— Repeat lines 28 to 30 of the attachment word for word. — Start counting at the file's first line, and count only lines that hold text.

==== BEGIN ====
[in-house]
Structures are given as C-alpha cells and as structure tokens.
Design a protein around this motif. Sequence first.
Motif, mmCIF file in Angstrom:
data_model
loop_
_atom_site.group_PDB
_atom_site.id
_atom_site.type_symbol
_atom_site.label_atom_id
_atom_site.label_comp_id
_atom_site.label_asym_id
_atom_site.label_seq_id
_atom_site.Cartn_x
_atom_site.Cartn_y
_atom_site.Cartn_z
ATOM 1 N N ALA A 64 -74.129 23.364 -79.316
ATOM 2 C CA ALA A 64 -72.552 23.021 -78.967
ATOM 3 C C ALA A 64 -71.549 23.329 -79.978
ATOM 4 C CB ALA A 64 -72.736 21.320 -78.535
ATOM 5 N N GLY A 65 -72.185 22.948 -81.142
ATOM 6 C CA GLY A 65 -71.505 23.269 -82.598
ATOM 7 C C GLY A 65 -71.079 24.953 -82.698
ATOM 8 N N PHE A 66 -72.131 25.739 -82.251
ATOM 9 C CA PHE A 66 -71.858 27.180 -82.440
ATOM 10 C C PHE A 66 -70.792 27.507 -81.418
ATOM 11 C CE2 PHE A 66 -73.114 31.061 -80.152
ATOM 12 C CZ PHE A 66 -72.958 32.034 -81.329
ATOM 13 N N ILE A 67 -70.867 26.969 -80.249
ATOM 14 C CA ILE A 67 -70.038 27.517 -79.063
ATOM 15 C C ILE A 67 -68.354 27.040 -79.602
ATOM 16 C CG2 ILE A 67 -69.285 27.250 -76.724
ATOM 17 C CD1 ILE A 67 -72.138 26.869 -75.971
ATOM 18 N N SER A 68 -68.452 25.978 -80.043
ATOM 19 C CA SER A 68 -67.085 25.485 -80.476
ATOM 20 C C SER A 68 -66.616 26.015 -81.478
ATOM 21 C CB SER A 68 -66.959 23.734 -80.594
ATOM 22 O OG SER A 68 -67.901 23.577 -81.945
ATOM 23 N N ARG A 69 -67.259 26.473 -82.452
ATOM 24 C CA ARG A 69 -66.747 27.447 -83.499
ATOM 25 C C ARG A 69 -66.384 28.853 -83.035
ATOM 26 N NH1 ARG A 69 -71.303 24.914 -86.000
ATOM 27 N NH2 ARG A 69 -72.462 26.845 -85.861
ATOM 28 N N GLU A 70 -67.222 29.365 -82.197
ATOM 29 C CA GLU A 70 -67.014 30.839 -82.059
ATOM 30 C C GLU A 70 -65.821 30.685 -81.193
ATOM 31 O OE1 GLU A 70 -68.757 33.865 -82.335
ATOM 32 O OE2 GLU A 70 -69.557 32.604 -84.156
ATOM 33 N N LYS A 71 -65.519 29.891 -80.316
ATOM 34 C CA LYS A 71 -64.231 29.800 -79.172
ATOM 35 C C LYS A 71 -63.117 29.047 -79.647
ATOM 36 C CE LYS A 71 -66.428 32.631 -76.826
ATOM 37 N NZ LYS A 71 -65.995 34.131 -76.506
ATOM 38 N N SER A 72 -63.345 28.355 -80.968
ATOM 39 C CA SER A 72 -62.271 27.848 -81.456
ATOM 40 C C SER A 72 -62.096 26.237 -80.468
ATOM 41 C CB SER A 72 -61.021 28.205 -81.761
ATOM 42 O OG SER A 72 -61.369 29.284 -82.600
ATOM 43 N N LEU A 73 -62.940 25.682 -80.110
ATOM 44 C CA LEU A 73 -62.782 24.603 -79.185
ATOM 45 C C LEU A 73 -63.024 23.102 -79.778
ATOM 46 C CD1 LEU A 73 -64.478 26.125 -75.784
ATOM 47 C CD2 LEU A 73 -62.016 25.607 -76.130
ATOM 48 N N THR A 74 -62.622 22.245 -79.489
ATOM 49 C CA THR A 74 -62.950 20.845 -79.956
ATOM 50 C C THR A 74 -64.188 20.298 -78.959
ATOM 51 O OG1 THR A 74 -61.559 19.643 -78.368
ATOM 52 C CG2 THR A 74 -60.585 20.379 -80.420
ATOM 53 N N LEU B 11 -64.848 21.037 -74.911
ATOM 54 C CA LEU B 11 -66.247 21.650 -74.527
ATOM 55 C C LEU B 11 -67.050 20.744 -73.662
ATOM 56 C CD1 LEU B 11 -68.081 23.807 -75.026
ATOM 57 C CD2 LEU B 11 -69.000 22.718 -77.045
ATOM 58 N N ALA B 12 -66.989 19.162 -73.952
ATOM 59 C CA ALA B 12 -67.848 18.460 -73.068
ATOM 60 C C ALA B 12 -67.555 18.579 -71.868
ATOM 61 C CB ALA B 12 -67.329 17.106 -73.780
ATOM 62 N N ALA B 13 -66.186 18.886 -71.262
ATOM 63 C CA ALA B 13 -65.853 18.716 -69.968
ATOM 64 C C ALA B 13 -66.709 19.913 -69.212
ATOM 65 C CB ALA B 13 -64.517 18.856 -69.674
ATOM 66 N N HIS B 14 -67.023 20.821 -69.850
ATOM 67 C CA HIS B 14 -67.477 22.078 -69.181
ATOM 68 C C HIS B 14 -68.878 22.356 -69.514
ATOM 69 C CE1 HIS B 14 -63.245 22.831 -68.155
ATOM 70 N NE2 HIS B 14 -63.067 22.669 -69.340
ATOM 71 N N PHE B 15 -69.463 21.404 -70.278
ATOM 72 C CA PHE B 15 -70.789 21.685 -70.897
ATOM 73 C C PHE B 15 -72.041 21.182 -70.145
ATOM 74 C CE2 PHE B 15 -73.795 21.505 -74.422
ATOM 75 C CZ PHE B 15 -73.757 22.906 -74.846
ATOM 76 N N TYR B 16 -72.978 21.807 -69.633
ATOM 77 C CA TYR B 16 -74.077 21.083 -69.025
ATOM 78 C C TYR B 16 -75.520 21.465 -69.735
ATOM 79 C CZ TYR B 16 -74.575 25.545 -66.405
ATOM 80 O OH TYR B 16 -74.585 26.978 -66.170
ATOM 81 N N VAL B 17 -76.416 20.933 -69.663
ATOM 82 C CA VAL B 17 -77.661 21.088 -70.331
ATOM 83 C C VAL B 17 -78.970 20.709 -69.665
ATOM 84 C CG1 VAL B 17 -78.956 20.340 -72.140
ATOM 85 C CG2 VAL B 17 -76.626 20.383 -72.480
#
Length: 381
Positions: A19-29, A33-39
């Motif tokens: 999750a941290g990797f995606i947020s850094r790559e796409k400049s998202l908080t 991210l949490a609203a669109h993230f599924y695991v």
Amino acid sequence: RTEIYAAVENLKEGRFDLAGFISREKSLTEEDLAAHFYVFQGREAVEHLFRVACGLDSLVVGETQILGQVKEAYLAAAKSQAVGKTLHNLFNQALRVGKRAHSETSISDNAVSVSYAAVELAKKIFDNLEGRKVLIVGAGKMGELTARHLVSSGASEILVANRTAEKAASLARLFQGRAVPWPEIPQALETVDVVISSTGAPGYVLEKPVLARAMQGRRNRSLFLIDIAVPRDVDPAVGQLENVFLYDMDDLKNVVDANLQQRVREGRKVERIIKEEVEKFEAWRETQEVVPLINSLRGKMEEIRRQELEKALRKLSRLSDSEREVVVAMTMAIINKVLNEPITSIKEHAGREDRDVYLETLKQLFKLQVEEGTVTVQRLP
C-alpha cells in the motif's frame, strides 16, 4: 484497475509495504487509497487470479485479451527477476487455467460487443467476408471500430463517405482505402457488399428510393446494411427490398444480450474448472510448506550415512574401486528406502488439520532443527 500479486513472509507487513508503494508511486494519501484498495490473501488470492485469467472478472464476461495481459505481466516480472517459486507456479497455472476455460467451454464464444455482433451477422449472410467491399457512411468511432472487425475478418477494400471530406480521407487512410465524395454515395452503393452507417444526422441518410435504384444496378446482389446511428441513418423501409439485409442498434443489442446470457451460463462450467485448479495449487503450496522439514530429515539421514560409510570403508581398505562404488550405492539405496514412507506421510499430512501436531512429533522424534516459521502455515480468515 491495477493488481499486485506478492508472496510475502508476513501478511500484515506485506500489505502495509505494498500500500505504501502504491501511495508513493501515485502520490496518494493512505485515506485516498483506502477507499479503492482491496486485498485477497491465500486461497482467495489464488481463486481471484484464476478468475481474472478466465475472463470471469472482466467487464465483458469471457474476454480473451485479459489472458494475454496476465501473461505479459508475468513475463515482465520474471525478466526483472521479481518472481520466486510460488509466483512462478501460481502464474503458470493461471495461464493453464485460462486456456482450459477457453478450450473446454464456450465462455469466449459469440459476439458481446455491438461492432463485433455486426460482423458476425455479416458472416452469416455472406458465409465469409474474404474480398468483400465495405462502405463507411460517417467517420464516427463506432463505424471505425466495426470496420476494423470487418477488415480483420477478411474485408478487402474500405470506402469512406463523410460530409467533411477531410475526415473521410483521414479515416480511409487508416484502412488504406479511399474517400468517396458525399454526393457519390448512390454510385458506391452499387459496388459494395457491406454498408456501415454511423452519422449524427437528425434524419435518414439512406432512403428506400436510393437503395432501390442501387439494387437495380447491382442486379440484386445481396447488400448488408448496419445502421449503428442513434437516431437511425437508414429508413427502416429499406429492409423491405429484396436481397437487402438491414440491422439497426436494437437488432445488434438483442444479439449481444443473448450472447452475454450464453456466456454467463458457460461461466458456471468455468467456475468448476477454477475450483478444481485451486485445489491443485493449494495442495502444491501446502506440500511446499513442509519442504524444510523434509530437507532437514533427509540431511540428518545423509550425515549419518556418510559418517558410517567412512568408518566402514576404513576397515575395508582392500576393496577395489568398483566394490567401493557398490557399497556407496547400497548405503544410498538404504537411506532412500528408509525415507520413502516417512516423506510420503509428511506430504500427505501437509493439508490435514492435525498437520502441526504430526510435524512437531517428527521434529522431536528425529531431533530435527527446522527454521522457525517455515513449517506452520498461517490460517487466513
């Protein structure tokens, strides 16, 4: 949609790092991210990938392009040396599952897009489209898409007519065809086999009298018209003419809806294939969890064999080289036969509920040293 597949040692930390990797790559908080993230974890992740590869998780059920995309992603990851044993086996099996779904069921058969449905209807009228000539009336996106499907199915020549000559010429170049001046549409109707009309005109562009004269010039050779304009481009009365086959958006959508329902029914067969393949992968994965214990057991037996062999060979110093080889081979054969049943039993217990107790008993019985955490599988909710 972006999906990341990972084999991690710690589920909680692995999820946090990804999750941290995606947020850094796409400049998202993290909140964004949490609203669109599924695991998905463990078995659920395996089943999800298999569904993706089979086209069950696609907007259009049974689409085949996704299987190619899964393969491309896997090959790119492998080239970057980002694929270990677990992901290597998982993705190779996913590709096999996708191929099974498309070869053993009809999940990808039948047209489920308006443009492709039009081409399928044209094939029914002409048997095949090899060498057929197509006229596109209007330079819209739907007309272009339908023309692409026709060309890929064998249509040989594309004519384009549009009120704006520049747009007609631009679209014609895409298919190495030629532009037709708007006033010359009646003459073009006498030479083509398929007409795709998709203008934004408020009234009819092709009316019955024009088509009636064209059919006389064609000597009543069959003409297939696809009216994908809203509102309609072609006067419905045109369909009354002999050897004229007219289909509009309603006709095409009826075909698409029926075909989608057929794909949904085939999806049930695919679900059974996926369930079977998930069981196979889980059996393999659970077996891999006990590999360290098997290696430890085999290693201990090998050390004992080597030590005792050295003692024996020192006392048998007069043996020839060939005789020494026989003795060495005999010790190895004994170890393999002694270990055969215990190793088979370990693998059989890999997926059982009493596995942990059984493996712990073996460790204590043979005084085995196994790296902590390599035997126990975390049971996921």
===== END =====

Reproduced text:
ATOM 12 C CZ PHE A 66 -72.958 32.034 -81.329
ATOM 13 N N ILE A 67 -70.867 26.969 -80.249
ATOM 14 C CA ILE A 67 -70.038 27.517 -79.063